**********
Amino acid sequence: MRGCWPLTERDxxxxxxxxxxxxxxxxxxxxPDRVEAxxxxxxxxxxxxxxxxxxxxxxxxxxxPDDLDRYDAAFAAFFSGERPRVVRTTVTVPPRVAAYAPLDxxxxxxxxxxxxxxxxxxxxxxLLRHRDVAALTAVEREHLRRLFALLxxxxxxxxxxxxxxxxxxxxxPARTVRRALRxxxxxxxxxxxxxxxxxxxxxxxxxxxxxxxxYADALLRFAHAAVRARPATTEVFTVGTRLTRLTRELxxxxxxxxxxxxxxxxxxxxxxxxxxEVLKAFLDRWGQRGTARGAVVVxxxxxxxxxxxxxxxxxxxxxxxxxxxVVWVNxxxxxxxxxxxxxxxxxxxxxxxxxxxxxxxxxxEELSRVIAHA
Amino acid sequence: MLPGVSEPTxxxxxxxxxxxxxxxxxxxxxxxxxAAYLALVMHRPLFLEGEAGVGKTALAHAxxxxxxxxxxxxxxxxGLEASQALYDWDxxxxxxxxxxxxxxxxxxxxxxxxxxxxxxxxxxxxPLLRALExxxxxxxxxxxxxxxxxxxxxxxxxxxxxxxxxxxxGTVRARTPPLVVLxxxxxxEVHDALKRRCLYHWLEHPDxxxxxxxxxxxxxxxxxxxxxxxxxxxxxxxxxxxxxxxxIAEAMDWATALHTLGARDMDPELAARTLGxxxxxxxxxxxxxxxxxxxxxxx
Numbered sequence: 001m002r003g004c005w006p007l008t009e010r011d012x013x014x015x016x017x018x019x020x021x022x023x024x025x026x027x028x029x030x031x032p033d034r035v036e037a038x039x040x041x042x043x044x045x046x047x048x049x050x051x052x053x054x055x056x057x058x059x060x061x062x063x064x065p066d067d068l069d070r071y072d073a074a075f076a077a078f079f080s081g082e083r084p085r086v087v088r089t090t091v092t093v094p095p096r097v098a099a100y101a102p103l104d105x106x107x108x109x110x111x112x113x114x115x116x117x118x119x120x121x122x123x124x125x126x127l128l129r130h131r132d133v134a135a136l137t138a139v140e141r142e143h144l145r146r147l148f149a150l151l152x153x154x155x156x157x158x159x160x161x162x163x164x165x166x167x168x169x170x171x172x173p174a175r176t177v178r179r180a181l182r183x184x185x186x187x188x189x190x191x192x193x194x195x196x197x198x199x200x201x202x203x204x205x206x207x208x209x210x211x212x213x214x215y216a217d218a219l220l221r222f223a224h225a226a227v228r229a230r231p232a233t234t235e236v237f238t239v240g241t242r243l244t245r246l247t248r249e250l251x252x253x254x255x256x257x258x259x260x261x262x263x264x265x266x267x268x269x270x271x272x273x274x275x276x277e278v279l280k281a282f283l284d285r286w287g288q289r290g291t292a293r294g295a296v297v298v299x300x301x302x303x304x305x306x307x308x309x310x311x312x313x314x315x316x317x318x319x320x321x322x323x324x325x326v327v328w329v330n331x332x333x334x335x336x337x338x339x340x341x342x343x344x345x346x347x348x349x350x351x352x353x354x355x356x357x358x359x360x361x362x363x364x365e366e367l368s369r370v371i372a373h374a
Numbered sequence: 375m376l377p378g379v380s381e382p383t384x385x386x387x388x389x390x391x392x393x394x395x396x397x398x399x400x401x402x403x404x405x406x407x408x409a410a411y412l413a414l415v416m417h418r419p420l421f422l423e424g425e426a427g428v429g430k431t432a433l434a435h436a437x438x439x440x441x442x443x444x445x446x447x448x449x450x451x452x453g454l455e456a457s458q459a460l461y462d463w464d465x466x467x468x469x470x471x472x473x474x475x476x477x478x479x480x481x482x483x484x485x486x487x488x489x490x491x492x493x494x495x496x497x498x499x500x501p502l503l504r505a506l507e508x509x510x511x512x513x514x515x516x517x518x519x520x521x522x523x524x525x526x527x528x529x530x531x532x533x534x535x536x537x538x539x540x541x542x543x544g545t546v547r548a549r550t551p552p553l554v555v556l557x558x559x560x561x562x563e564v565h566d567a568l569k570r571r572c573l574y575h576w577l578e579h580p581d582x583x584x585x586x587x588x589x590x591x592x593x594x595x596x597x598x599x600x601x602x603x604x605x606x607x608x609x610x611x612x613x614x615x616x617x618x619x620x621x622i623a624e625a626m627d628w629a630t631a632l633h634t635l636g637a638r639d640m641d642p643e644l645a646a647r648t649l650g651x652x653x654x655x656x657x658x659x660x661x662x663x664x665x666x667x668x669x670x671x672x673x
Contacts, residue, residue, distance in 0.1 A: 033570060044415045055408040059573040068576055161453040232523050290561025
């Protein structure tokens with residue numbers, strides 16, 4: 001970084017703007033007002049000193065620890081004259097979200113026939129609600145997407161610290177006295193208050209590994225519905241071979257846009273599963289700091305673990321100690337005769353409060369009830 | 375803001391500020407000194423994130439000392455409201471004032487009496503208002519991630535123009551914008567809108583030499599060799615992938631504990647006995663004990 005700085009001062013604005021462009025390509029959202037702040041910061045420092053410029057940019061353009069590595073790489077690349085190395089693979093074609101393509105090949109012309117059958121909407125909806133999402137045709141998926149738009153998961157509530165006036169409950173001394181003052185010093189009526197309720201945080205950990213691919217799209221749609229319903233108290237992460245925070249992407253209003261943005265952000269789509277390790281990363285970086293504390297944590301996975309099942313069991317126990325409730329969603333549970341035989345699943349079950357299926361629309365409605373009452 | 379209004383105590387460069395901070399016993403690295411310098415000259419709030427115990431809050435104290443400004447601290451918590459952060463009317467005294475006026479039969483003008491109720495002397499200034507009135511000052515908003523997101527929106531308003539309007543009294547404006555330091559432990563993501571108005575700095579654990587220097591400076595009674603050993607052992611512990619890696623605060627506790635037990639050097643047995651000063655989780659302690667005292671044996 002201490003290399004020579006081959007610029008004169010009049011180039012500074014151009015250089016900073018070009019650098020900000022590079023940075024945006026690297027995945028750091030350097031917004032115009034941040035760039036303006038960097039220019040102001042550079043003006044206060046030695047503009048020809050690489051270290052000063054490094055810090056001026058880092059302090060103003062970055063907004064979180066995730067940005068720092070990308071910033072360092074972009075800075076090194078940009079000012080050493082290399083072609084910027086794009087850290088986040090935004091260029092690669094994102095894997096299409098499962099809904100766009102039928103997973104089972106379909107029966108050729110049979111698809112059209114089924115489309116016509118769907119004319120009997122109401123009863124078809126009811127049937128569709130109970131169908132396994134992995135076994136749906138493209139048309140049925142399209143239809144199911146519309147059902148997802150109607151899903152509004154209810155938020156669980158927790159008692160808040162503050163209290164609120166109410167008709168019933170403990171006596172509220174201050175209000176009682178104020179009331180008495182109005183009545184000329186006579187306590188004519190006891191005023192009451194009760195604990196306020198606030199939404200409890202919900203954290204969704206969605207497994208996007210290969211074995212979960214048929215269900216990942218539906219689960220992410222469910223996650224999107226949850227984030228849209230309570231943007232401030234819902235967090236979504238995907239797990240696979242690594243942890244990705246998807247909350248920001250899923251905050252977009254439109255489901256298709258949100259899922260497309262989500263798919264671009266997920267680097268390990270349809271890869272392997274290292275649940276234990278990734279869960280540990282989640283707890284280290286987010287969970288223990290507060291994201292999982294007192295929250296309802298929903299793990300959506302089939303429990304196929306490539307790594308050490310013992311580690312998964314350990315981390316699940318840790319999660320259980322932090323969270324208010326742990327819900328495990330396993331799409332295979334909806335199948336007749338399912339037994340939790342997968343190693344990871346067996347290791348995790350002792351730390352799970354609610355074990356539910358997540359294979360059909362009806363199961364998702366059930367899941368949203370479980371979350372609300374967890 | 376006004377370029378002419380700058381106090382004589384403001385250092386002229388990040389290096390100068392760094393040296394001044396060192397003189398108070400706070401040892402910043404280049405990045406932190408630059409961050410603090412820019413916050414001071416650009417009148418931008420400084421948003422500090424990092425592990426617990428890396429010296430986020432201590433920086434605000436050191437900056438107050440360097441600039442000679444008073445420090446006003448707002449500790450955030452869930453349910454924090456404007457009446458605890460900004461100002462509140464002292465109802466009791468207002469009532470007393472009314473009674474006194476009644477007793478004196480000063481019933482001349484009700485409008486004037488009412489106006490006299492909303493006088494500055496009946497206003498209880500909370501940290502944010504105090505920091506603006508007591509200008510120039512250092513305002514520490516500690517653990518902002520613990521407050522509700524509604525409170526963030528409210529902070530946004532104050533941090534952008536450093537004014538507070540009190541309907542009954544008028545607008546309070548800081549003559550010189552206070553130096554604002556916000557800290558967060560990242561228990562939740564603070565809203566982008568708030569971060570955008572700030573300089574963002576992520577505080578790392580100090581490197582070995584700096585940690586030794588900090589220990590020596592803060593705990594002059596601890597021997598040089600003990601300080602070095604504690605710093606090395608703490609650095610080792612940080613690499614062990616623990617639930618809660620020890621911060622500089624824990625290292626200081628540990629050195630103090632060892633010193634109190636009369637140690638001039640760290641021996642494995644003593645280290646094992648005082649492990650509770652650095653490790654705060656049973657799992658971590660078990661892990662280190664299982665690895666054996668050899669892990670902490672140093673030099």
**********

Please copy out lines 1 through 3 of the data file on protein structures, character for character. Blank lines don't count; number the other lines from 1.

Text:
Amino acid sequence: MRGCWPLTERDxxxxxxxxxxxxxxxxxxxxPDRVEAxxxxxxxxxxxxxxxxxxxxxxxxxxxPDDLDRYDAAFAAFFSGERPRVVRTTVTVPPRVAAYAPLDxxxxxxxxxxxxxxxxxxxxxxLLRHRDVAALTAVEREHLRRLFALLxxxxxxxxxxxxxxxxxxxxxPARTVRRALRxxxxxxxxxxxxxxxxxxxxxxxxxxxxxxxxYADALLRFAHAAVRARPATTEVFTVGTRLTRLTRELxxxxxxxxxxxxxxxxxxxxxxxxxxEVLKAFLDRWGQRGTARGAVVVxxxxxxxxxxxxxxxxxxxxxxxxxxxVVWVNxxxxxxxxxxxxxxxxxxxxxxxxxxxxxxxxxxEELSRVIAHA
Amino acid sequence: MLPGVSEPTxxxxxxxxxxxxxxxxxxxxxxxxxAAYLALVMHRPLFLEGEAGVGKTALAHAxxxxxxxxxxxxxxxxGLEASQALYDWDxxxxxxxxxxxxxxxxxxxxxxxxxxxxxxxxxxxxPLLRALExxxxxxxxxxxxxxxxxxxxxxxxxxxxxxxxxxxxGTVRARTPPLVVLxxxxxxEVHDALKRRCLYHWLEHPDxxxxxxxxxxxxxxxxxxxxxxxxxxxxxxxxxxxxxxxxIAEAMDWATALHTLGARDMDPELAARTLGxxxxxxxxxxxxxxxxxxxxxxx
Numbered sequence: 001m002r003g004c005w006p007l008t009e010r011d012x013x014x015x016x017x018x019x020x021x022x023x024x025x026x027x028x029x030x031x032p033d034r035v036e037a038x039x040x041x042x043x044x045x046x047x048x049x050x051x052x053x054x055x056x057x058x059x060x061x062x063x064x065p066d067d068l069d070r071y072d073a074a075f076a077a078f079f080s081g082e083r084p085r086v087v088r089t090t091v092t093v094p095p096r097v098a099a100y101a102p103l104d105x106x107x108x109x110x111x112x113x114x115x116x117x118x119x120x121x122x123x124x125x126x127l128l129r130h131r132d133v134a135a136l137t138a139v140e141r142e143h144l145r146r147l148f149a150l151l152x153x154x155x156x157x158x159x160x161x162x163x164x165x166x167x168x169x170x171x172x173p174a175r176t177v178r179r180a181l182r183x184x185x186x187x188x189x190x191x192x193x194x195x196x197x198x199x200x201x202x203x204x205x206x207x208x209x210x211x212x213x214x215y216a217d218a219l220l221r222f223a224h225a226a227v228r229a230r231p232a233t234t235e236v237f238t239v240g241t242r243l244t245r246l247t248r249e250l251x252x253x254x255x256x257x258x259x260x261x262x263x264x265x266x267x268x269x270x271x272x273x274x275x276x277e278v279l280k281a282f283l284d285r286w287g288q289r290g291t292a293r294g295a296v297v298v299x300x301x302x303x304x305x306x307x308x309x310x311x312x313x314x315x316x317x318x319x320x321x322x323x324x325x326v327v328w329v330n331x332x333x334x335x336x337x338x339x340x341x342x343x344x345x346x347x348x349x350x351x352x353x354x355x356x357x358x359x360x361x362x363x364x365e366e367l368s369r370v371i372a373h374a